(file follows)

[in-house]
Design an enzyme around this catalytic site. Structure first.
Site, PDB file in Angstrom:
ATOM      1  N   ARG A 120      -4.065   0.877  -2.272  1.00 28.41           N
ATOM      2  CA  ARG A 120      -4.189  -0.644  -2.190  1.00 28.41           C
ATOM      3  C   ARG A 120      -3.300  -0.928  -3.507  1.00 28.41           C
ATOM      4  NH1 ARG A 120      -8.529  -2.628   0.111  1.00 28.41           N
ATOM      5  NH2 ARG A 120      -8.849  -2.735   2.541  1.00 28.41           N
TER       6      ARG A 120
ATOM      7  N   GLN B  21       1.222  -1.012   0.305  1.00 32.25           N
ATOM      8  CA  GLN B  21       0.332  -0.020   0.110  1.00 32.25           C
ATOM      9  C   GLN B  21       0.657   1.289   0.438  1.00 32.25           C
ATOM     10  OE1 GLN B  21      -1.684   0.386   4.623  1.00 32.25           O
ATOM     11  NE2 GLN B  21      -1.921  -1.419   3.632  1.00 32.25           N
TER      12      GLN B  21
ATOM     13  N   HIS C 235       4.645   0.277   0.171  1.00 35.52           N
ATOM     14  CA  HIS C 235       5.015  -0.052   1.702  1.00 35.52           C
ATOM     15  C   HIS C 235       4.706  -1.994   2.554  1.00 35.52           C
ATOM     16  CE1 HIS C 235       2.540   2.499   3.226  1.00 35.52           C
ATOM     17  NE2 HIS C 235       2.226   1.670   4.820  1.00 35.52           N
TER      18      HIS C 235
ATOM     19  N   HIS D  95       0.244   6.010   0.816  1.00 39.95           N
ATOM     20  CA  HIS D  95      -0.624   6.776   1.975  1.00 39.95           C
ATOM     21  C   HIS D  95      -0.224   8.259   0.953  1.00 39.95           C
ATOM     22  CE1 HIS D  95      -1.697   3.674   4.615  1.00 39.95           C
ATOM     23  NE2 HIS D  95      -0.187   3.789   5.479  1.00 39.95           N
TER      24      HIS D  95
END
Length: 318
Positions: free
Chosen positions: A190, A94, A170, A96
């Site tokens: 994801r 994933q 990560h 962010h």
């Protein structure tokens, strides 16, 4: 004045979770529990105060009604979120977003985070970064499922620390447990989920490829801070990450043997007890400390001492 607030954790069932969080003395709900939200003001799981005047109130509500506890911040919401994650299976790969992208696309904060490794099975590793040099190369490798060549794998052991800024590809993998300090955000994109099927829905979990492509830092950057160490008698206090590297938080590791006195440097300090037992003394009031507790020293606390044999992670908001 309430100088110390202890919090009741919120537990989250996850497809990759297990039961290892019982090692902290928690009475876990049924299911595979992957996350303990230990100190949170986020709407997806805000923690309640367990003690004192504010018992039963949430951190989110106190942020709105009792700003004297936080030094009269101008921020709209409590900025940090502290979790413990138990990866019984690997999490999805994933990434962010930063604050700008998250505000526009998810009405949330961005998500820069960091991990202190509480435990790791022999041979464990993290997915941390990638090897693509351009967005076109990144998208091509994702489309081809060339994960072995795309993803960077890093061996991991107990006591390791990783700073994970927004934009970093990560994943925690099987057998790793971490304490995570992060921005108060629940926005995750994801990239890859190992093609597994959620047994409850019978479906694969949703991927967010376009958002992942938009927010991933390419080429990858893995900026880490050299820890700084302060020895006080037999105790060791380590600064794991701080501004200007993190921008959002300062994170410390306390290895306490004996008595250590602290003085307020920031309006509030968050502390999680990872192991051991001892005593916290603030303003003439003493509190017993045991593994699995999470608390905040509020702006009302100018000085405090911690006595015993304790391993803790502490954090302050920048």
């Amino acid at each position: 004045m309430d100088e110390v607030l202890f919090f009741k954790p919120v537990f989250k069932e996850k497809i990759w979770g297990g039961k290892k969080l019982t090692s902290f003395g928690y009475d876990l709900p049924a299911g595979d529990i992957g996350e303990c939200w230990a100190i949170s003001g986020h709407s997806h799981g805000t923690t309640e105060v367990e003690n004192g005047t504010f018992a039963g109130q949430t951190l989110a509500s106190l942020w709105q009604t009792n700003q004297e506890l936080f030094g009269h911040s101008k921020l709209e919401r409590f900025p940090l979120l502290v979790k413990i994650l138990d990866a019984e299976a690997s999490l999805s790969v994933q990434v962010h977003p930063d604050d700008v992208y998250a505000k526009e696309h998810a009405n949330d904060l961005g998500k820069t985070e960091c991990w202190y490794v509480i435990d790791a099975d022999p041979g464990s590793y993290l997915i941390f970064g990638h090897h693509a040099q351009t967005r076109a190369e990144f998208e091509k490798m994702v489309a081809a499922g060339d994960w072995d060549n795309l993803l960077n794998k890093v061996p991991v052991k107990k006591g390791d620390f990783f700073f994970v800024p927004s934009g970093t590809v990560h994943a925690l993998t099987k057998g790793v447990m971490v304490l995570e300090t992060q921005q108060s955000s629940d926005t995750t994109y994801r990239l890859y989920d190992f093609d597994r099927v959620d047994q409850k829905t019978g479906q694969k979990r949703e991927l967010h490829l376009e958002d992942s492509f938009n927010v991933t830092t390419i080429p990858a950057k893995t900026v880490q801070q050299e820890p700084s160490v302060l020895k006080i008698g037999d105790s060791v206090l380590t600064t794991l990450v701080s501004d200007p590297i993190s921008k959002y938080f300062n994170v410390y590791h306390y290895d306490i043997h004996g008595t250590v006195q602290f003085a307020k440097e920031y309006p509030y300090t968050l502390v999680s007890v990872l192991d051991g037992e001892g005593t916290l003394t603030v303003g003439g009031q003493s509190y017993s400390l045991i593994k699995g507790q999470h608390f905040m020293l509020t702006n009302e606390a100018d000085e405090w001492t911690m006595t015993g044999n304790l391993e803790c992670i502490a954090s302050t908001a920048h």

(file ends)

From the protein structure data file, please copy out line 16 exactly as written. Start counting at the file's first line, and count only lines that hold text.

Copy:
ATOM     13  N   HIS C 235       4.645   0.277   0.171  1.00 35.52           N